The owners of one of the Watertown’s latest culinary additions seeks to combine the food of two far off locations to town, featuring high-quality ingredients in a laid back setting.
Chef Gabriel Bremer and his wife Analia Verolo opened La Bodega by Salts in Watertown quietly earlier this year, and serve dishes from the South American nation of Uruguay and Basque country. Though currently in a soft opening, the restaurant welcomes diners four nights a week.
Bremer and Verolo met in Portland, Maine, where they were part of the founding team of Fore Street. For a decade, the couple ran Salts in Cambridge, a fine-dining restaurant featuring modern French and Spanish food with only a handful of tables. A combination of difficulties with the landlord and a flood caused by a broken pipe forced them to close Salts and seek a new location in the Boston area.
It took two years before they found the spot at 21 Nichols Avenue in Watertown, and nearly two more to get it ready to open.
“You have to do your homework, look at the community, see what it needs and see how you can enrich it,” Bremer said.
Opening an establishment like Salts in Watertown did not seem right, so Bremer decided to make La Bodega a more low-key, casual dining experience. He was inspired by one of the last special dinners he served at Salts, which he prepared for Ferran Andria, the chef of elBulli, a restaurant in Spain that was known for preparing some of the most innovative food in the world and for molecular gastronomy.
Rather than trying to serve the famous chef dishes he might make at elBulli, Bremer went another direction.
“When it comes to the end of the day, he is probably jet-lagged, tired and wants some comfort food,” Bremer said, who added, “It was a fun, relaxing evening. Everyone had a blast. That was kind of the catalyst for what is going on here.”
At La Bodega, Bremer is serving tapas inspired by the Basque country, which lies both in Spain and France. Basque chefs insist on having fresh, top-quality ingredients, Bremer said. Diners can also eat Uruguayan food, which he describes as a meat and potato cuisine cooked with wood and fire.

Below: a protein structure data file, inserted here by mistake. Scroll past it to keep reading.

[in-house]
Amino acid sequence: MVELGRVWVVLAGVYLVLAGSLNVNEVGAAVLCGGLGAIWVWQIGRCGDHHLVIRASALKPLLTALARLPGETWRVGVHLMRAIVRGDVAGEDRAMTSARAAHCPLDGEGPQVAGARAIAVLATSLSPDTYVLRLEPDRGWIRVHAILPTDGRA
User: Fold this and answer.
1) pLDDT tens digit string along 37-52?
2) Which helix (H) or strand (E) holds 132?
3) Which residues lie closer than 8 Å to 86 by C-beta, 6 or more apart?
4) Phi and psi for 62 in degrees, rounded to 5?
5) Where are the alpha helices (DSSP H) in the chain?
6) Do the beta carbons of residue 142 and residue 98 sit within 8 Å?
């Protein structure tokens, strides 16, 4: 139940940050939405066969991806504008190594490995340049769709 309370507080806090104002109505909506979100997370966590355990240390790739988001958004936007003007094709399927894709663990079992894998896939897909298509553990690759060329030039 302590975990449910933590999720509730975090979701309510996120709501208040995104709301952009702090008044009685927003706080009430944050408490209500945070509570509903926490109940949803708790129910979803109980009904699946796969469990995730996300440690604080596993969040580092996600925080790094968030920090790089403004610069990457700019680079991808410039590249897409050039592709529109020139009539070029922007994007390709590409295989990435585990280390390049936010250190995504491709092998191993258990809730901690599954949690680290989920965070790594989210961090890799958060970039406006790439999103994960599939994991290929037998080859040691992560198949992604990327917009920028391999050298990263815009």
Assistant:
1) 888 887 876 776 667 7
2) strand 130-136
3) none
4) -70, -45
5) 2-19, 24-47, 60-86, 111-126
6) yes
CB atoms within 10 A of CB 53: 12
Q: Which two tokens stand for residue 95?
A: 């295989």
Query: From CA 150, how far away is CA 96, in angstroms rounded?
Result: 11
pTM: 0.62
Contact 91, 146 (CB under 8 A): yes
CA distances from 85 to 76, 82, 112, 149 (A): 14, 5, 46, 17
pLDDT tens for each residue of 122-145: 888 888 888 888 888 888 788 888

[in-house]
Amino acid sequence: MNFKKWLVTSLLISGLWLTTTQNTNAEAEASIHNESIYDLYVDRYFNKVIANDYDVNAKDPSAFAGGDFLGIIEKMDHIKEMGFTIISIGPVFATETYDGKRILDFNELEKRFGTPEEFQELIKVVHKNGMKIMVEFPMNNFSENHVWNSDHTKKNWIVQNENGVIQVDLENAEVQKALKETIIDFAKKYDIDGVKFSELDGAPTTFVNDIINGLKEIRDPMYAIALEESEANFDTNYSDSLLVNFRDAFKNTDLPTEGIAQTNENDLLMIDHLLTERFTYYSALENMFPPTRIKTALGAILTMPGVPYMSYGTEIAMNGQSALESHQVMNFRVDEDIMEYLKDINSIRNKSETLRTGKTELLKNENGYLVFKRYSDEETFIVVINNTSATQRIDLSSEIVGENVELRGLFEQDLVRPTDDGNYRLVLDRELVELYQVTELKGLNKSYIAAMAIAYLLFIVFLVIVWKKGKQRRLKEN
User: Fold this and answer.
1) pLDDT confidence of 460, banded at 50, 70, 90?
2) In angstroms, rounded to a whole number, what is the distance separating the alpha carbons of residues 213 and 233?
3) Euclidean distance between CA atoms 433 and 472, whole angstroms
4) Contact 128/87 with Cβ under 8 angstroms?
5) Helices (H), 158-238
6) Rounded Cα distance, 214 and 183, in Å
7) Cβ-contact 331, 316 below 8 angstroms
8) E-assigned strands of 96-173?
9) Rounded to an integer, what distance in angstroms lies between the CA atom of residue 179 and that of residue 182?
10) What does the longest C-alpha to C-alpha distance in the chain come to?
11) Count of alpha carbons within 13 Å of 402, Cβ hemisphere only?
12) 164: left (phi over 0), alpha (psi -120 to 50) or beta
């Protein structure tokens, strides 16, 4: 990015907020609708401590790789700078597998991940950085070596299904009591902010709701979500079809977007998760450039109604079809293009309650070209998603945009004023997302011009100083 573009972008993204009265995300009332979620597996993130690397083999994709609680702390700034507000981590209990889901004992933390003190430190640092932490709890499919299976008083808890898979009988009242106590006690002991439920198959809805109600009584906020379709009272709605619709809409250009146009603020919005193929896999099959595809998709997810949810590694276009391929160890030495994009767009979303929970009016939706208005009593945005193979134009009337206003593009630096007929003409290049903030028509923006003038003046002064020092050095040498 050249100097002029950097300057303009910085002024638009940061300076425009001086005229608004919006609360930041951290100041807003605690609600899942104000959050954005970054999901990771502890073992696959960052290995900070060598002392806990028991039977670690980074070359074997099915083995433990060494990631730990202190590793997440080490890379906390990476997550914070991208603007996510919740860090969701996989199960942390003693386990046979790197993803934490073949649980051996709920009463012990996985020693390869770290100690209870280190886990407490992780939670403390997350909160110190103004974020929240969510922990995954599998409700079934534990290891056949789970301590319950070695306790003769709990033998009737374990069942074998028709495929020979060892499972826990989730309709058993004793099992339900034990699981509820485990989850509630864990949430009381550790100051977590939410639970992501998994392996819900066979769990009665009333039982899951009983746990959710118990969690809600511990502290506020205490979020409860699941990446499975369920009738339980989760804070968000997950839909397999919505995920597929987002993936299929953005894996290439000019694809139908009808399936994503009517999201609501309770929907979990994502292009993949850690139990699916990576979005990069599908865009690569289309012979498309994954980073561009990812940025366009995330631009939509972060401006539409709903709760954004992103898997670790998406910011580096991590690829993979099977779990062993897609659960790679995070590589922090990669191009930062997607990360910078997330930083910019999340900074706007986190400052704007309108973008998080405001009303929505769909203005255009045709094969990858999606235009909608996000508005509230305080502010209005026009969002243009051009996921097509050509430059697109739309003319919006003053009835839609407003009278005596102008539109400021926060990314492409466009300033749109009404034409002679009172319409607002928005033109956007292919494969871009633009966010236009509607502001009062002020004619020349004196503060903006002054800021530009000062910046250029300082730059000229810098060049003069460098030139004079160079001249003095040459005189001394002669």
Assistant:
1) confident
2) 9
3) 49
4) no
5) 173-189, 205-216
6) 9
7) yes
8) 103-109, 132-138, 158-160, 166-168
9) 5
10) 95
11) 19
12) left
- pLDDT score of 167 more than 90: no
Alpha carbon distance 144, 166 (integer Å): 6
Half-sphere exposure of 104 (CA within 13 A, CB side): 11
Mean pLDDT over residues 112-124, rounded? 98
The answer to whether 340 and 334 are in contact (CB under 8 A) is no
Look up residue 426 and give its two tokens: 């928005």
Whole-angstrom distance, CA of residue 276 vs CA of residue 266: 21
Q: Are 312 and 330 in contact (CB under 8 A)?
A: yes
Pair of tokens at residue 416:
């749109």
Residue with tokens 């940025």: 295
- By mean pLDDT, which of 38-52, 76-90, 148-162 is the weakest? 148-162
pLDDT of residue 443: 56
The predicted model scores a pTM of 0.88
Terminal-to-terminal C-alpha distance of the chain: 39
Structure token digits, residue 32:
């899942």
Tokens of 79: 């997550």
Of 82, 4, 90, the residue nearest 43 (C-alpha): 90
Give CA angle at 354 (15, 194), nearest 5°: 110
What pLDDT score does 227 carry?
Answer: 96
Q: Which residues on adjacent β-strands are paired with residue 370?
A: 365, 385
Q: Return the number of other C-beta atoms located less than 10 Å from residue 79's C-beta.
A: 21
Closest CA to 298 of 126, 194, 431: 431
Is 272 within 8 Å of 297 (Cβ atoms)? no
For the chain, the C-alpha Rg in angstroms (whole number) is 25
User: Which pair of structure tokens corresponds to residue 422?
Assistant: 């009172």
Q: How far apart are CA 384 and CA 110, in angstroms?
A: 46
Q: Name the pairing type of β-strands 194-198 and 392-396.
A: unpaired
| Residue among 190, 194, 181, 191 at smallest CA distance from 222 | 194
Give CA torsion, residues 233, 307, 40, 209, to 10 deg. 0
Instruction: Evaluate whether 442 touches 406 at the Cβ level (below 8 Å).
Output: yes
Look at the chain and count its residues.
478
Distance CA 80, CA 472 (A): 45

The restaurant may be the only one serving Uruguayan fare in the Boston area. Bremer knows of places in New York and in Miami, but not locally.
He learned about Uruguayan food from his wife, who grew up there. Bremer has also made connections with wineries in the country and La Bodega’s wine list features about four pages of wine from Uruguay.
Verolo, an architect, and Bremer redecorated the space that has most recently been home to 21 Nickels.
“We came across (the restaurant) and we could see the end product,” Bremer said. “We liked the bones, and it is unique.”
The bar area features reclaimed wood and the 1950s rail dining car attached has been spruced up.
“It was used on the Congressional Line that linked Boston to Washington, D.C., and carried politicians and media,” Bremer said. “This car was used on the Senator Line and is an actual dining car.”
Eventually, Bremer plans to be open more nights, then serve lunch during the week and possibly on the weekend.
Fore more information about La Bodega, visit the restaurant’s Facebook page.